It's all multicoated on all air-to-glass surfaces, which Nikon calls Nikon Integrated Coating (AI-s version).
Angle of View top
Focal Length top
On a small-format DX camera, this lens sees an angle-of-view similar to what an 88mm lens would see on a full-frame camera.
Nikon 58mm f/1.2 Noct-NIKKOR AI-s at f/5.6. enlarge.
AI-s version (1982-1997): 9 straight blades (shown above).
AI version (1977-1981): 7 somewhat rounded blades.
Stops down to f/16.
Aperture Ring top
Close Focus top
1.7 feet, marked.
0.5 meters, marked.
Maximum Reproduction Ratio top
Hard Infinity Focus Stop? top
This is great for astronomy; just turn to the stop and you have fixed laboratory-perfect focus all night.
Focus Scale top
Depth-of-Field Scale top
It seems as if it's calculated for a smaller circle of confusion than other lenses, while in fact the depth of field of a 58mm lens is shallower than 50mm lenses. Focal length has a huge influence on depth of field, far larger than aperture.
Infra-Red Focus Index top
Yes: red dot near the f/5.6 depth-of-field index.
Filter Thread top
Does not rotate.
Also optional AF-1 gelatine filter holder.
Nikon specifies 2.0" (51.5mm) extension from flange (2.5" or 63mm overall) by 2.9" (74mm) diameter, AI-s version.
AI-s version (1982-1997)
16.575 oz. (469.9g), measured.
Nikon specifies 16.4 oz. (465g).
AI version (1977-1981)
Nikon specifies 16.9 oz. (480g).
HR-2 folding rubber hood with metal center, $19. (not included.)
HS-7 snap-in metal, not included.
None is included. Optional are:
CP-8 plastic bubble.
Made in top
TC-200/201 and TC-14A, but why? The TCs only use a maximum of f/1.8 of the lens, meaning you'll make your lens an 81mm f/2.5 or an 116mm f/3.5. So?
Nikon warns of potential uneven exposure at smaller than f/11, not that I've ever figured out what they mean by that.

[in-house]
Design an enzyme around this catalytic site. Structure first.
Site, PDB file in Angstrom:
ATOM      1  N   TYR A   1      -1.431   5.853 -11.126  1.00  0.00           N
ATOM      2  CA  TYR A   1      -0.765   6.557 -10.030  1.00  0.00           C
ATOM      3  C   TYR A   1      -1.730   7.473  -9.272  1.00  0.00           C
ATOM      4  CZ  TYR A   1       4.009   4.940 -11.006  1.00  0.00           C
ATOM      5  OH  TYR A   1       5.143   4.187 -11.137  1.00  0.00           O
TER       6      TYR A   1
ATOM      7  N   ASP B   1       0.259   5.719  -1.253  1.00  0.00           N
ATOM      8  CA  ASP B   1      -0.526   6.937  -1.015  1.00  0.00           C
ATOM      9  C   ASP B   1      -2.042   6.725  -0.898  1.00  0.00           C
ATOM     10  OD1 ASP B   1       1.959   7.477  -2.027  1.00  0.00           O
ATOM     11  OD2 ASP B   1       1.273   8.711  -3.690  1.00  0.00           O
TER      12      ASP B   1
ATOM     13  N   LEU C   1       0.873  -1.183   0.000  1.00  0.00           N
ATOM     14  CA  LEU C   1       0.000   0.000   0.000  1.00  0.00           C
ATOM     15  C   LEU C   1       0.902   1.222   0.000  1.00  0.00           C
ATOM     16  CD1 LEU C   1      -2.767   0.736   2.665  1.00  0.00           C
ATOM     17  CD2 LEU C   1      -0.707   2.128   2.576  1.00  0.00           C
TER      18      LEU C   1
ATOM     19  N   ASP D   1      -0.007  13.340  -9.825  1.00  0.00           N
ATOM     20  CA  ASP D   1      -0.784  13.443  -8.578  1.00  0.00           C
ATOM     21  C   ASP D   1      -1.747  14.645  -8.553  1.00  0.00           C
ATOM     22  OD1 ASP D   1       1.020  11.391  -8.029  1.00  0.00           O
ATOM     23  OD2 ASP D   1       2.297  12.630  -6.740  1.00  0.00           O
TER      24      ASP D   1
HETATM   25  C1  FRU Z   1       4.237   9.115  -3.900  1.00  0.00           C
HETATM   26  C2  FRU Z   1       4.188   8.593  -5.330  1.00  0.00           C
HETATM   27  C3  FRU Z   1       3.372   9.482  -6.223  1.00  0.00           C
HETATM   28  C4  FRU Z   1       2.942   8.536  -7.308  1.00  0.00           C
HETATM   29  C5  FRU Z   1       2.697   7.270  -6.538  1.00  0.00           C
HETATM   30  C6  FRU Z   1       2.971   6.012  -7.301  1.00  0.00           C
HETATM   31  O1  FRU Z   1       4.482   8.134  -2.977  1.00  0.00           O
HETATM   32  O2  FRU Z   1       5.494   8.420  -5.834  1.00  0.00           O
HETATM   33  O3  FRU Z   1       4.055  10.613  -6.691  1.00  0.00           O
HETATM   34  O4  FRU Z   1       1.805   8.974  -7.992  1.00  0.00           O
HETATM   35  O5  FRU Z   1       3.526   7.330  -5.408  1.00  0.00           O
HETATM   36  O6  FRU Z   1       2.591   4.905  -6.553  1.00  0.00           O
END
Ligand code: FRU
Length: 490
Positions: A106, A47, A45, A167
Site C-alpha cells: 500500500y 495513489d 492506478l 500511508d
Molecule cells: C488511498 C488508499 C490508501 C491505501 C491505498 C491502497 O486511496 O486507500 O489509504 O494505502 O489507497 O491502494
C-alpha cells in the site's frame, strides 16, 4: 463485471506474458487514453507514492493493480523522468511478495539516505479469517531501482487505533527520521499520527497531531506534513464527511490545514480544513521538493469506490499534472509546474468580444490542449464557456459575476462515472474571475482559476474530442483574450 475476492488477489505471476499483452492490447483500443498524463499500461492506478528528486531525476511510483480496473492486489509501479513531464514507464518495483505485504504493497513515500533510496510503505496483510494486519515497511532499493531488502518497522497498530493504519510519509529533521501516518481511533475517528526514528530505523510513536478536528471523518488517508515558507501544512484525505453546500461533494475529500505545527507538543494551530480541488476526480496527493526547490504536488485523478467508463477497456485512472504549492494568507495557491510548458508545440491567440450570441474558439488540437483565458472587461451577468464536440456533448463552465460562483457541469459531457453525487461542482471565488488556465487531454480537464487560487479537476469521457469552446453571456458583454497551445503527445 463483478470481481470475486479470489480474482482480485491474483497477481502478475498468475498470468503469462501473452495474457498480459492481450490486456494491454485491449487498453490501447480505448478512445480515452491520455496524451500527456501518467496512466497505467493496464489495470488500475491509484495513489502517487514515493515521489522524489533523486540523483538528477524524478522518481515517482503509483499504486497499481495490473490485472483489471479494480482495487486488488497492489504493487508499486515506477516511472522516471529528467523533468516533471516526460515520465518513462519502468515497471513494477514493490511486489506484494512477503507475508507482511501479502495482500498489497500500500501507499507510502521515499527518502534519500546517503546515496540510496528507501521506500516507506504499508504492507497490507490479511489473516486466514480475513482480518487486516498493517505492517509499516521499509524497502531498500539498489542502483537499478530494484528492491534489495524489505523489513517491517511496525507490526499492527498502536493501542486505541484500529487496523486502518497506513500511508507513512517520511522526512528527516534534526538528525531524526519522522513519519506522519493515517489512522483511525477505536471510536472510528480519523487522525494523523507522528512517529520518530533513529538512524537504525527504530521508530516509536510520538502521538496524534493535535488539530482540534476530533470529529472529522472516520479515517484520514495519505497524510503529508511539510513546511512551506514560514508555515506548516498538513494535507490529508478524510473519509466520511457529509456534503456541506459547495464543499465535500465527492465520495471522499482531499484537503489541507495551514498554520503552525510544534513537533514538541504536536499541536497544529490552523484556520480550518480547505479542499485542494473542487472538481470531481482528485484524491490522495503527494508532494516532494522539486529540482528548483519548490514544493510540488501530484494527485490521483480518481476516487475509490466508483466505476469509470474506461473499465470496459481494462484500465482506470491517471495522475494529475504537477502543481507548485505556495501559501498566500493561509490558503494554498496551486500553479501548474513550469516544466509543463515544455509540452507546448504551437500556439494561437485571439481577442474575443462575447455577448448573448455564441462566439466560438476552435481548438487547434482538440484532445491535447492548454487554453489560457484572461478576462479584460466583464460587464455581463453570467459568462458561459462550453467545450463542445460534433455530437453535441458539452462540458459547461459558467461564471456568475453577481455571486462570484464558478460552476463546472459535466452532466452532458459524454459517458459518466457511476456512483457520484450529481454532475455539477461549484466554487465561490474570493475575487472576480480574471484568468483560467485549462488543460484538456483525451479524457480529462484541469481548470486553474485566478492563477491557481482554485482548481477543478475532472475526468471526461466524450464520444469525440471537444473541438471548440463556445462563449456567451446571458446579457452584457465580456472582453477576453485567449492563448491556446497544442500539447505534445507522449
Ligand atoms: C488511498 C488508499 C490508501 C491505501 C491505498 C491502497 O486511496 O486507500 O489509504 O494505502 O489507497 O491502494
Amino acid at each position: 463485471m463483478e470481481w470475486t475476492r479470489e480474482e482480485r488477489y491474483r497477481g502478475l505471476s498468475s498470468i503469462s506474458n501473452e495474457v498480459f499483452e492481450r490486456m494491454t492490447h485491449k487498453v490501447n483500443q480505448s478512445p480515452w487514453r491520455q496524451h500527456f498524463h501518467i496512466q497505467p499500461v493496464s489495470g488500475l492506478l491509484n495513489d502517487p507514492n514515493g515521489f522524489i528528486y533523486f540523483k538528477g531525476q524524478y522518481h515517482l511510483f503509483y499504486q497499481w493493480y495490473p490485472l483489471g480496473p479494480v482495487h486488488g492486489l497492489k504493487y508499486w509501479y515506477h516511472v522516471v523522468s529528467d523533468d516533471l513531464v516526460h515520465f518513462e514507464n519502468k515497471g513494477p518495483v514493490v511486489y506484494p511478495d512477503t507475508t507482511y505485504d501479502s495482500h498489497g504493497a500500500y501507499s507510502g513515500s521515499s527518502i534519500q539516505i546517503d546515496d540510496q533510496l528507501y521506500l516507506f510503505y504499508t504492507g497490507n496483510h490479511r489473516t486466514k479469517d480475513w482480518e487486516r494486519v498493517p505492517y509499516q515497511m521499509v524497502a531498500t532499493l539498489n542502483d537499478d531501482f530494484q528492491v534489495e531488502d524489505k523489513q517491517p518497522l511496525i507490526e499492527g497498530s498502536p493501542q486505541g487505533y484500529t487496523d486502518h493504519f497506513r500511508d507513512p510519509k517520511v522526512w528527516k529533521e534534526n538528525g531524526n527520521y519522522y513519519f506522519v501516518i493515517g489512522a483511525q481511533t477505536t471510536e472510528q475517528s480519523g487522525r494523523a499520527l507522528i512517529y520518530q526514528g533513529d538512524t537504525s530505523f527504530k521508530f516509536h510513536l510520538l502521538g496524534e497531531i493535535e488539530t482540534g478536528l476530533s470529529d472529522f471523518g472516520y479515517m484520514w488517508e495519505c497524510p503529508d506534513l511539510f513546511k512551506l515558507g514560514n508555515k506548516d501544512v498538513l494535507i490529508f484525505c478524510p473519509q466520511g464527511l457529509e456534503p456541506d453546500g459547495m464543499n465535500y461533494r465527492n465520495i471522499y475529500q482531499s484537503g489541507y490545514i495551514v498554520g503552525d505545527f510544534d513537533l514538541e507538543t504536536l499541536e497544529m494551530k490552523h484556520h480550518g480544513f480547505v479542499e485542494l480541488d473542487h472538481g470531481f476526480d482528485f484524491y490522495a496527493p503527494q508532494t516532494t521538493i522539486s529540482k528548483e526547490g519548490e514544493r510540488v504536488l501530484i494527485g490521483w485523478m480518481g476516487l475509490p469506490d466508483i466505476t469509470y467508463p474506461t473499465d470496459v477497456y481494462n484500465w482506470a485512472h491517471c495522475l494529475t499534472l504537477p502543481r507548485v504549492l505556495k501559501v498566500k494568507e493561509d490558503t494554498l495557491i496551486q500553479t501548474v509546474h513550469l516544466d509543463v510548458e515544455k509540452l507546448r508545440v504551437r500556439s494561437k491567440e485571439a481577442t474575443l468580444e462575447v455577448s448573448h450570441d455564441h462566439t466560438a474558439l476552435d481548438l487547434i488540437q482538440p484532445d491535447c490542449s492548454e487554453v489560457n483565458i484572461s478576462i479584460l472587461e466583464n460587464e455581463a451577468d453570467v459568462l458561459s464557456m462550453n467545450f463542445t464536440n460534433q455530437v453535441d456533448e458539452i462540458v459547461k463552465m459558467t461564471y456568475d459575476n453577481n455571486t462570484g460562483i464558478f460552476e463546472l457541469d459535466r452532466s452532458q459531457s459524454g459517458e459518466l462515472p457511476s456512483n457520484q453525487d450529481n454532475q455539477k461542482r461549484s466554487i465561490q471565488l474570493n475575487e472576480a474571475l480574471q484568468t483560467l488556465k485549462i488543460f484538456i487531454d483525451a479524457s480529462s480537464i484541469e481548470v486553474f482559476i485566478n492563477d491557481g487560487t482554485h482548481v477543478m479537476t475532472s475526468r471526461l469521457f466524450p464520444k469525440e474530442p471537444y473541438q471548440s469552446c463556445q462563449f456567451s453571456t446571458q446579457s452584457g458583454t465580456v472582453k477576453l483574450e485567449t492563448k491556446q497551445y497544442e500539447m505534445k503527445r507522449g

Nikon Product Number top
The 58mm f/1.2 Noct-NIKKOR is a very special lens. The people who own it love it, because the people who own it use it wide open.
The 58mm f/1.2 Noct is not a general purpose lens. For most uses, a 50mm f/1.8 will work as well or better, with better corner sharpness and less distortion.
The Noct's specialty is general shooting at f/1.2, and especially keeping bright points of light as bright points of light, not weird coma blobs.
Manual focus is lovely.
Focus is as smooth as silk, perfectly damped with no play.
I find that my D3 and the sample of lens I borrowed tended to focus the most accurately if I pulled-in the focus just a nit so that the left and center electronic focus dots were blinking alternately.
Lesser digital cameras, like the D300s and down, usually have just one "OK" focus dot, which is not precise enough to focus this lens accurately and repeatably at f/1.2.
What do viewfinder focus screens have to do with the Nikon 58mm f/1.2 Noct?
Simple: modern bright screens do not show the limited depth of field at f/1.2. Huh?
In the beginning, focus screens really were made of something similar to ground glass on the Nikon F, F2, F3 and FE cameras up until the 1970s. Back in these days, most people shot with f/2 or faster normal lenses, and f/2.8 wide and tele lenses. The slowest bargain lenses were f/3.5.
Zooms became popular in the 1970s, which started at f/3.5 and got slower from there. Only in the 1990s did f/2.8 zooms become common, and they are still too expensive for most people's budgets today. Today in 2007 most people shoot with f/3.5-5.6 zooms, and pros shoot with f/2.8 zooms. f/2.8 is the fastest lens usually used in 2007.
Therefore SLR cameras have been using very special focus screens, cut by computer-controlled lasers with zillions of precise prismatic surfaces instead of just random grain, ever since the 1970s. These special screens optimize brightness with the zoom lenses used by most people, including pro zooms at f/2.8.
Here's the catch: modern extra-bright focus screens only see through a section of lens up to about f/2.8. They simply don't see any of the light from the outer sections of the lens from faster apertures, so they don't show you the defocus you'll get at f/1.2!
Use the depth of field preview. You won't see any darkening until you get to about f/2.8. In other words, the finder looks as bright at f/2.8 as it does at f/1.2. You're not seeing what you'll get at f/1.2 or f/2!